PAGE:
Three days after President Donald Trump suggested he had taped conversations between himself and now-former FBI Director James Comey, White House press secretary Sean Spicer still refuses to say whether Trump does, in fact, record conversations at the White House.
Spicer was pressed by NBC's Hallie Jackson at Monday's briefing to give a yes or no answer on whether Trump records his conversations in the White House.
Yet Spicer repeatedly refused to say.
"Why won't you just explain whether or not there are recordings of conversations?" Jackson asked.
"I think the president has made it clear what his position is," Spicer responded.
"Given that you refuse to confirm or deny any of this, how is a senior official supposed to feel comfortable having a conversation privately with the president?" Jackson said.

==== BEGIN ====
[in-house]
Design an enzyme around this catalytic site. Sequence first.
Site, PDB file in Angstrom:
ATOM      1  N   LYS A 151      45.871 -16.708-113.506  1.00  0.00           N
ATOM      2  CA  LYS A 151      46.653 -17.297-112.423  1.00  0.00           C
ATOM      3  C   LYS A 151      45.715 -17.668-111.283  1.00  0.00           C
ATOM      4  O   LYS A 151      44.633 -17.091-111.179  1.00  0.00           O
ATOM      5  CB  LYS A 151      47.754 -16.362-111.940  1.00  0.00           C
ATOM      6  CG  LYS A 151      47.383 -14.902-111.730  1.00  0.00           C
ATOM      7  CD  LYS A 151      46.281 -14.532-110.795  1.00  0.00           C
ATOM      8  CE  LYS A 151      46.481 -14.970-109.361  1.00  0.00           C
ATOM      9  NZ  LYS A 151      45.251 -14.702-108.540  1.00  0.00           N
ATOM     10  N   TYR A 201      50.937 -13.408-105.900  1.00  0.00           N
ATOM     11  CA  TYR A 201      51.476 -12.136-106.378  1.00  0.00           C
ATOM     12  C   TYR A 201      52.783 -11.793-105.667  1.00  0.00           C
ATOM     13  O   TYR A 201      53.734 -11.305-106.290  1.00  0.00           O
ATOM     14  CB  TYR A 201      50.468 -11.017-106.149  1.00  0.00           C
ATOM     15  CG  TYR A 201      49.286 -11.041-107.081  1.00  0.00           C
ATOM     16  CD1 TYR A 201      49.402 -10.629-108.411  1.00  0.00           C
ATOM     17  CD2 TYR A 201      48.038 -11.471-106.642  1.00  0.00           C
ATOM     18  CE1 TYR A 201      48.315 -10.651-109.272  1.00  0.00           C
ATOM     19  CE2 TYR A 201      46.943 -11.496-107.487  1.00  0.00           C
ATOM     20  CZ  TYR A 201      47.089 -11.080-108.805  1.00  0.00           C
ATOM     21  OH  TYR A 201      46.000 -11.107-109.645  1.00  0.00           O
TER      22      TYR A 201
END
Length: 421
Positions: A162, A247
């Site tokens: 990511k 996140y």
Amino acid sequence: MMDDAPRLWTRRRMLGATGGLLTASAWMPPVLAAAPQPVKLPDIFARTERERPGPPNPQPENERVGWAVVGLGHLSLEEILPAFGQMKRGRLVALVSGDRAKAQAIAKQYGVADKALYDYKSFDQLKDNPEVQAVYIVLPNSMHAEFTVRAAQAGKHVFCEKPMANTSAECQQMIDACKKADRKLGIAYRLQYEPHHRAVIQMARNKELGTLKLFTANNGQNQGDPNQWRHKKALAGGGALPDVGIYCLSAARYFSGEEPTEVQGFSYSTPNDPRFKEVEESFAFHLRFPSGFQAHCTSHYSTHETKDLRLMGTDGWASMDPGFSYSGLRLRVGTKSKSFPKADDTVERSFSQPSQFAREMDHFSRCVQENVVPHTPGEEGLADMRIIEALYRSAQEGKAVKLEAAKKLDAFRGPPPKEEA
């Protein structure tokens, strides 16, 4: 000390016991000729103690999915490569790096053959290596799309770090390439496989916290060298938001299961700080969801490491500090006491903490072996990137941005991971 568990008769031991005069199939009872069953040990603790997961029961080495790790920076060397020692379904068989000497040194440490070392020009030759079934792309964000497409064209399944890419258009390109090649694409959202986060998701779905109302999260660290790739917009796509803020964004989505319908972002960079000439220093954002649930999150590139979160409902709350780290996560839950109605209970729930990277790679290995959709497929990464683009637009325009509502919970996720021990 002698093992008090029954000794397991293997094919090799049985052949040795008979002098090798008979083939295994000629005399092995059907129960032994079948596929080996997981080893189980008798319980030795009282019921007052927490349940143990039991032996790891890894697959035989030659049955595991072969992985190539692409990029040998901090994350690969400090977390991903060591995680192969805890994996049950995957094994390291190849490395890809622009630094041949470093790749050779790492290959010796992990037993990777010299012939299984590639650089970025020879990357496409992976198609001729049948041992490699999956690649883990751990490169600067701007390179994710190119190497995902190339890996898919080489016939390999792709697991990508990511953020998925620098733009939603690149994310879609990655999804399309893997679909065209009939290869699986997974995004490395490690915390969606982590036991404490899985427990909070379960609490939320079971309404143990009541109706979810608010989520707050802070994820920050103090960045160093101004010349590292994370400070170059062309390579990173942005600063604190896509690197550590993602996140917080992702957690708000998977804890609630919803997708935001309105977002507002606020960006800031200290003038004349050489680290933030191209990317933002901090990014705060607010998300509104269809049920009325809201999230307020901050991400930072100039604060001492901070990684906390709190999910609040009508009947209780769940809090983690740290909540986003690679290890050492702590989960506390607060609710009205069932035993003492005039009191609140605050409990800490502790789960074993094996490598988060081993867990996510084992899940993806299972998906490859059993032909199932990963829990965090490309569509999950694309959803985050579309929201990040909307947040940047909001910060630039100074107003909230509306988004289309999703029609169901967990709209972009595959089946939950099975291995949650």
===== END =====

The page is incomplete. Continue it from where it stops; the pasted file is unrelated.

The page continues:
"The president has made it clear what his position is," Spicer said, shutting down the line of questioning.
Trump has a history of recording conversations he had with business associates. "There was never any sense with Donald of the phone being used for private conversation," John O'Donnell, former president the Trump Plaza Hotel and Casino, told the Washington Post.
Trump's suggestion that he records conversations at the White House has led to comparisons to the late President Richard Nixon.
Nixon, who resigned from office in disgrace, taped his conversations in the White House. The deletion of an 18-minute segment of tape fueled cover-up rumors of the Watergate spy scandal.